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Will dog fighting drones dominate the skies in future combat scenarios?

Manned aircraft such as the F-16 Fighting Falcon are fast and agile which make them the perfect candidate for aerial combat. Drones share this same athletic mobility and come in different variations from quadcopters to fixed-wing designs. With this potential, drones could one day fill the skies, taking down manned aircraft and fighting against each other.

Drone on drone combat

As stated in an interview conducted by with Col. Julian Cheater, commander of the 432nd Wing, in a test that took place in a controlled environment, a United States controlled MQ-9 reaper was able to hit a smaller target. Here is what Col. Cheater had to say:

“Something that’s unclassified but not well known, we recently in November … launched an air-to-air missile against a maneuvering target that scored a direct hit. It was an MQ-9 versus a drone with a heat-seeking air-to-air missile, and it was direct hit … during a test.”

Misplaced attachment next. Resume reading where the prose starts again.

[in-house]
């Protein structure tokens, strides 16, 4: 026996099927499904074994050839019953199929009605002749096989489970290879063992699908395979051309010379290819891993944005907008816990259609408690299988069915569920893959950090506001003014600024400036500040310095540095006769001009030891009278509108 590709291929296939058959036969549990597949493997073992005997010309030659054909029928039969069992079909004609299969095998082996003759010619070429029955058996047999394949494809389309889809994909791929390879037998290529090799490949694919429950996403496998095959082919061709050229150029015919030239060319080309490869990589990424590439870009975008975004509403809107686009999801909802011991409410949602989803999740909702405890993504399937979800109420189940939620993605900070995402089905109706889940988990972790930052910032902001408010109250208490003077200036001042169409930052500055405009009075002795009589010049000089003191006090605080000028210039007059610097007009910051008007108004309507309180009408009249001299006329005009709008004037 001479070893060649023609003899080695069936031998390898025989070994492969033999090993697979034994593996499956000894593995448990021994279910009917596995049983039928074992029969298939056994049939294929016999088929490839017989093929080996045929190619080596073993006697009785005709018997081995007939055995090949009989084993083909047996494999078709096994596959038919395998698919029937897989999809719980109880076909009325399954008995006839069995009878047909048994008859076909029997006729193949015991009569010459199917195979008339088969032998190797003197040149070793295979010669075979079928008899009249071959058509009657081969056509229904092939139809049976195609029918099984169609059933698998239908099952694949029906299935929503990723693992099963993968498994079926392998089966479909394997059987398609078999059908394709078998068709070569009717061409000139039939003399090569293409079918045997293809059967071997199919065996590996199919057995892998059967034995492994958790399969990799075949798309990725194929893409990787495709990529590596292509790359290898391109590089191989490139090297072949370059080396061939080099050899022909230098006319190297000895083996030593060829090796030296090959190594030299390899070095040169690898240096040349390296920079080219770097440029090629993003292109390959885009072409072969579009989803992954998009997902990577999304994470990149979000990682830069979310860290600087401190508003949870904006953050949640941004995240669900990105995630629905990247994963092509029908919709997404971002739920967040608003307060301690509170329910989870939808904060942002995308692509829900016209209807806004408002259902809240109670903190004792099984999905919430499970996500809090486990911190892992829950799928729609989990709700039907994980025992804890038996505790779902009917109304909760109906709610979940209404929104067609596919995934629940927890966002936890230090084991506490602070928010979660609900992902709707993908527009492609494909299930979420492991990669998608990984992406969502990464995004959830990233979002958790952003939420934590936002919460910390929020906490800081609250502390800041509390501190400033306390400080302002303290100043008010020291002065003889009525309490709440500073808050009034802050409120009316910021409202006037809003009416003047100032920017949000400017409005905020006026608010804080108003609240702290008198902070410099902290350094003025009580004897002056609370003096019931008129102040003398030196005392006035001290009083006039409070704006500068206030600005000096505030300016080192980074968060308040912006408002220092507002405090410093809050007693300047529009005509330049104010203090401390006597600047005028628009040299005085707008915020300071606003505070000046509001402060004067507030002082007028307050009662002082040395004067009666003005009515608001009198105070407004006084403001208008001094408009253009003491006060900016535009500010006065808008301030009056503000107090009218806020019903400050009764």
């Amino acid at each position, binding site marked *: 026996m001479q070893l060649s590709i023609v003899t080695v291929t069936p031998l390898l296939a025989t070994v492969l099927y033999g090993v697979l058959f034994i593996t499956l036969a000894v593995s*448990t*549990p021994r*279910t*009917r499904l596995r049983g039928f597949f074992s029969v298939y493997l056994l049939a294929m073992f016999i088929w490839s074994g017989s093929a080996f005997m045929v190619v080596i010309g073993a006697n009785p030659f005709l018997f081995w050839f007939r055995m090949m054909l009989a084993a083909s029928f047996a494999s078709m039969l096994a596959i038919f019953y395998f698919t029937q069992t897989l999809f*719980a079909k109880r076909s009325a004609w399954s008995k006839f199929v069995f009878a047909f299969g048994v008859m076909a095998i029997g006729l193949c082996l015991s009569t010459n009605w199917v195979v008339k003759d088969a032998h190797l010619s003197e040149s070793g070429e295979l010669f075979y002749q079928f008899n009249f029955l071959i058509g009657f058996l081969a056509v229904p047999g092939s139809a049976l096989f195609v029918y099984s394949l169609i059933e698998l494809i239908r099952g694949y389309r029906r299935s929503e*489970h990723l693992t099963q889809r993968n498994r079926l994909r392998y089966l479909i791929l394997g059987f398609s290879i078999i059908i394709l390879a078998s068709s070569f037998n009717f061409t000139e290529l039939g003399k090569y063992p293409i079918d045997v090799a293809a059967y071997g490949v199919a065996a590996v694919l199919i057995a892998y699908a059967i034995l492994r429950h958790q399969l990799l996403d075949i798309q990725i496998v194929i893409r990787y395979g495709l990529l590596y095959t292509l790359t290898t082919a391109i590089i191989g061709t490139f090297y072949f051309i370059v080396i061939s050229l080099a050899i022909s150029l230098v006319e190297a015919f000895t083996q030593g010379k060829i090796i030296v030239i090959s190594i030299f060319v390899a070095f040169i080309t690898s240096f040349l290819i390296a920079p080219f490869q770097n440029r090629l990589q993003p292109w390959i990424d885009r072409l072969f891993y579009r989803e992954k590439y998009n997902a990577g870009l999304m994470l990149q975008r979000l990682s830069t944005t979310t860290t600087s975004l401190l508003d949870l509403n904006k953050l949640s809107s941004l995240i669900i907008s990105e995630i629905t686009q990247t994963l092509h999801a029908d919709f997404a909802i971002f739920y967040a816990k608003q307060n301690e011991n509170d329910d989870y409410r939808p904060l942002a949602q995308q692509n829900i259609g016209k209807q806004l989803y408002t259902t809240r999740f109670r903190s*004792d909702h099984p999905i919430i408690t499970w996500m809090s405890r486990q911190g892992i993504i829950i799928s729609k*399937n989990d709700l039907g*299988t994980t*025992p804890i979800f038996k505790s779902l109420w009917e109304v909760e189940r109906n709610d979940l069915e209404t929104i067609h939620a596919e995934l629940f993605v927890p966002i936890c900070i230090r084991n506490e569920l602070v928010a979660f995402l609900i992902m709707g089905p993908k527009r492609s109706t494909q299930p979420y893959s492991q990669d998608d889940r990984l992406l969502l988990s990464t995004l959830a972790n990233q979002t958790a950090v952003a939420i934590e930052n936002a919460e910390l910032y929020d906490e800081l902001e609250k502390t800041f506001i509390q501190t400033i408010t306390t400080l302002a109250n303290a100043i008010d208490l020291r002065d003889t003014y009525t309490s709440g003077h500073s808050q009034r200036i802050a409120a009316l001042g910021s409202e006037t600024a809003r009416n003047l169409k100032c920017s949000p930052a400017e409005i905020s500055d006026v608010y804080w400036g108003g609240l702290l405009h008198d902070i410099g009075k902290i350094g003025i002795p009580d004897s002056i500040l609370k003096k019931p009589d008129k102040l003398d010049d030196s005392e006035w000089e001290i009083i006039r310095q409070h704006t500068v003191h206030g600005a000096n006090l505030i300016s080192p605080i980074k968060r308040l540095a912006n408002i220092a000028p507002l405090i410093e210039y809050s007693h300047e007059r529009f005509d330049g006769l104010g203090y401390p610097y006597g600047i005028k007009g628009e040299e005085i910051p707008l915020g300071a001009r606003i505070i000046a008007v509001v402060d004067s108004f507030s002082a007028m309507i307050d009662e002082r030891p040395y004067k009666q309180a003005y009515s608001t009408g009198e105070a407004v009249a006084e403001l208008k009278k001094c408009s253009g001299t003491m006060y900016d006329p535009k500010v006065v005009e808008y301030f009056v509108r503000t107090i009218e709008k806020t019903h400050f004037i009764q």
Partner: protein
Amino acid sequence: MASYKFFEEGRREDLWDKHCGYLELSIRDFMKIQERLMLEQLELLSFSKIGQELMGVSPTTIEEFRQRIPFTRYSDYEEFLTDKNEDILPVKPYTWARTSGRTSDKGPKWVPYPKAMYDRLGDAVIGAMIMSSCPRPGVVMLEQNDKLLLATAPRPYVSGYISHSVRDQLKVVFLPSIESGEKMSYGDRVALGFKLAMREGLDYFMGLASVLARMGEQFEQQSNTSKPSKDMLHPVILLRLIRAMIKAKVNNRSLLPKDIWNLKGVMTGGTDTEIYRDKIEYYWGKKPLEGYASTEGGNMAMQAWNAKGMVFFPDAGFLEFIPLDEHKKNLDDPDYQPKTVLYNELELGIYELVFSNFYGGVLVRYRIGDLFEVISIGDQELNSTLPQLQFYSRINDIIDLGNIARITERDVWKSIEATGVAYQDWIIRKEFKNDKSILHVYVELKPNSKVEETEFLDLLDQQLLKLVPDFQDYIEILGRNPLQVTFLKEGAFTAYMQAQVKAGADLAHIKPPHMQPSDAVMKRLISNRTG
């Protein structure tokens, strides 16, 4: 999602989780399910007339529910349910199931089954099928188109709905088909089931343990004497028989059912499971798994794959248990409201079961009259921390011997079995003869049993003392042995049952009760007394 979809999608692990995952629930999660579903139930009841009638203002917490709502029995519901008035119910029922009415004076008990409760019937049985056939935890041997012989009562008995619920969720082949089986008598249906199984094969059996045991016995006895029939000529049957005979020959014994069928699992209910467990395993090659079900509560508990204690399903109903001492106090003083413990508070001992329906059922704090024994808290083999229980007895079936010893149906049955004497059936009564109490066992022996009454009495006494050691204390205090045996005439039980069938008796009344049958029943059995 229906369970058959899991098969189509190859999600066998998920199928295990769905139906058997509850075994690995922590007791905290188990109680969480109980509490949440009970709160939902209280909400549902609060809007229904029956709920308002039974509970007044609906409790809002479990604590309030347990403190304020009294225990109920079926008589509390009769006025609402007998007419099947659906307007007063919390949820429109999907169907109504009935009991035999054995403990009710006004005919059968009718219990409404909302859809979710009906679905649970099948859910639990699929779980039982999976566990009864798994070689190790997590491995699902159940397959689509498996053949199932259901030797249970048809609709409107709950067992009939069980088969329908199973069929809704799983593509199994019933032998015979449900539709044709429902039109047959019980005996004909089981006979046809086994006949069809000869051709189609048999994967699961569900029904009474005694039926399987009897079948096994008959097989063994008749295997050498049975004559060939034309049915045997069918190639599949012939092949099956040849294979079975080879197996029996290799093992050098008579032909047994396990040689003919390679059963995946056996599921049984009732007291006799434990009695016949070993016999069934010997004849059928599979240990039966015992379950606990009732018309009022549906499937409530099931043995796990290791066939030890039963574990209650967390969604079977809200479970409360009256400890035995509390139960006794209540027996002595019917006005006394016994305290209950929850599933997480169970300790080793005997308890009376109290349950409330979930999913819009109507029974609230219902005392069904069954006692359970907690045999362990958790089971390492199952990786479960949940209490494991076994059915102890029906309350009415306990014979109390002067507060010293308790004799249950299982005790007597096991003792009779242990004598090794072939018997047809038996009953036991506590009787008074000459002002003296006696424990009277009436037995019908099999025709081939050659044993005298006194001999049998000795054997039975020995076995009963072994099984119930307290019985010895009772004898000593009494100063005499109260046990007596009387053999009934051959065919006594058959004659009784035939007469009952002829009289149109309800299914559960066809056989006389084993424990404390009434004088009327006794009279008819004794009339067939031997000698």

Although only taken place as a test, the MQ-9 reaper was said to have performed well with no complications. This event likely marks the first time a combat drone has targeted and effectively taken down another unmanned vehicle in the sky.

The future

With military spending raising a considerable amount on drone technology in all fronts (land, air, and sea) there is no doubt that high-speed aerial platforms like the F-16 will soon see an unmanned variant. Most current drone technology is not suited for high speed, long distance travel, with the MQ-9 being the closest option available. We are used to seeing small quadcopters like the Mavic or Phantom from DJI which are not far off from what the Military is using, although they make their own tech in-house.

The future of drones is bright and the Military may be the leading the pack with its high spending. It will be interesting to see what they bring to the table within the next few years of development.

What do you think about unmanned aerial vehicles in the military? Let us know in the comments below.


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Photo credit: Air Online